In one embodiment, the thermoplastics material used to form core 12 is, at least in part, in a particulate form. Suitable thermoplastics include, but are not limited to, polyolefins, including polymethylene, polyethylene, and polypropylene, polystyrene, acrylonitrylstyrene, butadiene, polyesters, including polyethyleneterephthalate, polybutyleneterephthalate, and polypropyleneterephthalate, polybutyleneterachlorate, and polyvinyl chloride, both plasticised and unplasticised, acrylics, including polymethyl methacrylate, and blends of these materials with each other or other polymeric materials. Other suitable thermoplastics include, but are not limited to, polyarylene ethers, acrylonitrile-butylacrylate-styrene polymers, amorphous nylon, as well as alloys and blends of these materials with each other or other polymeric materials. It is anticipated that any thermoplastics resin can be used which is not chemically attacked by water and which can be sufficiently softened by heat to permit fusing and/or molding without being chemically or thermally decomposed.

The thermoplastic particles need not be excessively fine, but particles coarser than about 1.5 millimeters are unsatisfactory in that they do not flow sufficiently during the molding process to produce a homogenous structure. The use of larger particles can result in a reduction in the flexural modulus of the material when consolidated.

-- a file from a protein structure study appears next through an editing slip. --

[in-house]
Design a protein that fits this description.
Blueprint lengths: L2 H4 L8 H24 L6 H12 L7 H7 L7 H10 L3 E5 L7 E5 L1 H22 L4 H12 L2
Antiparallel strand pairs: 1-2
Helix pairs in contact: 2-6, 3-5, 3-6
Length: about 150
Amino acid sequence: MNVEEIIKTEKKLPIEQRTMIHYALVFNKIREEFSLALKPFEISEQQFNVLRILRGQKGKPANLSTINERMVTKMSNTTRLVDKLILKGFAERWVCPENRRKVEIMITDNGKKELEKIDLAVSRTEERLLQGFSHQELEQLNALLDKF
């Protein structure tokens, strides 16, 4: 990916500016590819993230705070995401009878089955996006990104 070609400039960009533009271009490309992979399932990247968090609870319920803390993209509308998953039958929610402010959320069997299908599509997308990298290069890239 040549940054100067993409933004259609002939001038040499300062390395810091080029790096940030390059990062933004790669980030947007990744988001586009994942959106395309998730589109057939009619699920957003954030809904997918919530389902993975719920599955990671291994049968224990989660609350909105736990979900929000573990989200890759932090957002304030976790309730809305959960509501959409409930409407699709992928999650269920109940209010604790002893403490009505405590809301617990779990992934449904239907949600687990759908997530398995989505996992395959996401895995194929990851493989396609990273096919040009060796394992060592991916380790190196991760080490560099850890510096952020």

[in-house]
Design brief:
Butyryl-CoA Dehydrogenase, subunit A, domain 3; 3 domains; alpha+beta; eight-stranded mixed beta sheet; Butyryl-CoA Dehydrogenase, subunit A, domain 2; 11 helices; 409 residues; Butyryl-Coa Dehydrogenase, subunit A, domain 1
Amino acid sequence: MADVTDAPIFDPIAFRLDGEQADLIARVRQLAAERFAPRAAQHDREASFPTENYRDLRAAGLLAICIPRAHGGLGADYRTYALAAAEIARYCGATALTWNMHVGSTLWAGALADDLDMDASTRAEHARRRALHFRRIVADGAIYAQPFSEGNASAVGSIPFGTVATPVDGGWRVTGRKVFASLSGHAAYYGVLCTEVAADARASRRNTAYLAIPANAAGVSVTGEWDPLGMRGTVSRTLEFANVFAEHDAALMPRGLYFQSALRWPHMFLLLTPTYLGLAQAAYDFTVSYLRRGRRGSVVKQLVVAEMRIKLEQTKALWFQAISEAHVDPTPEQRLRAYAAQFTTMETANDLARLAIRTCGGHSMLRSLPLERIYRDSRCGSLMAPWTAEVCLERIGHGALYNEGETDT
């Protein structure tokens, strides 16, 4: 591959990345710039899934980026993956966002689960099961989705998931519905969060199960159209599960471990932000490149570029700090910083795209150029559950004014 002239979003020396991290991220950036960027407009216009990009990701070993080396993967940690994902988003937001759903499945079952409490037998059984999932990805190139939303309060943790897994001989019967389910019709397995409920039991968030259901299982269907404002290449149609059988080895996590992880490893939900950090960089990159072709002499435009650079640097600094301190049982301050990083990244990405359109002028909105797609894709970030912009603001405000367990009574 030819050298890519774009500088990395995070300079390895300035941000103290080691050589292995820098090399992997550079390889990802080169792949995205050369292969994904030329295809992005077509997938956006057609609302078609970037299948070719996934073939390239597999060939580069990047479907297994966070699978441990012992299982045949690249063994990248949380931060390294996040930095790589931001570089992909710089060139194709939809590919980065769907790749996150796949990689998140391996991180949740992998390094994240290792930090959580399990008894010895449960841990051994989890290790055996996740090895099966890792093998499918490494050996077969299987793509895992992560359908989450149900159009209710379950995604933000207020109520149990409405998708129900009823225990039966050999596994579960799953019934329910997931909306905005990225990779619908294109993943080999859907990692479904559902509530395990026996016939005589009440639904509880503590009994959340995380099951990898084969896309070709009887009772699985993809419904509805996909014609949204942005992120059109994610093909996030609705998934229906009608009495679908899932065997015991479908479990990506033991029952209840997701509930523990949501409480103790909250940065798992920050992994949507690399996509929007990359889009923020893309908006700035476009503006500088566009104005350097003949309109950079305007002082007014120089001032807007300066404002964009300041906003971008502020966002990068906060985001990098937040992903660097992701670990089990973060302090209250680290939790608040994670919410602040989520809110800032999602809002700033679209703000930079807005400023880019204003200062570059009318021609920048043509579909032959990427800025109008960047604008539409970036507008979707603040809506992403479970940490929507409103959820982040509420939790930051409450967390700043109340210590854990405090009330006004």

Flexible skin 18 is formed from an elastomeric material having a low tensile modulus, for example, less than about 2500 Mpa, and having a high tensile elongation to failure, for example, greater than about 50 percent elongation. Suitable elastomeric materials include, but are not limited to, thermoplastic elastomers, thermoplastic urethanes, silicones, polyolefins, for example, polypropylene and polyethylene, polycarbonates, and mixtures thereof.

Flexible skin 18 is laminated to core 12 by any known lamination technique. In one embodiment, core 12 is heated to the melting temperature of the thermoplastic material in core 12. Flexible skin 18 is positioned on first surface 14 of heated core 12 and then pressure is applied to laminate flexible skin 18 to core 12 by , for example, nip rollers, double belt laminators, indexing presses, multiple daylight presses, autoclaves, and other such devices used for lamination. In one embodiment, flexible skin 18 is sized to cover only a portion of first surface 12, and in another embodiment, flexible skin 18 is sized to cover the entire area of first surface 12.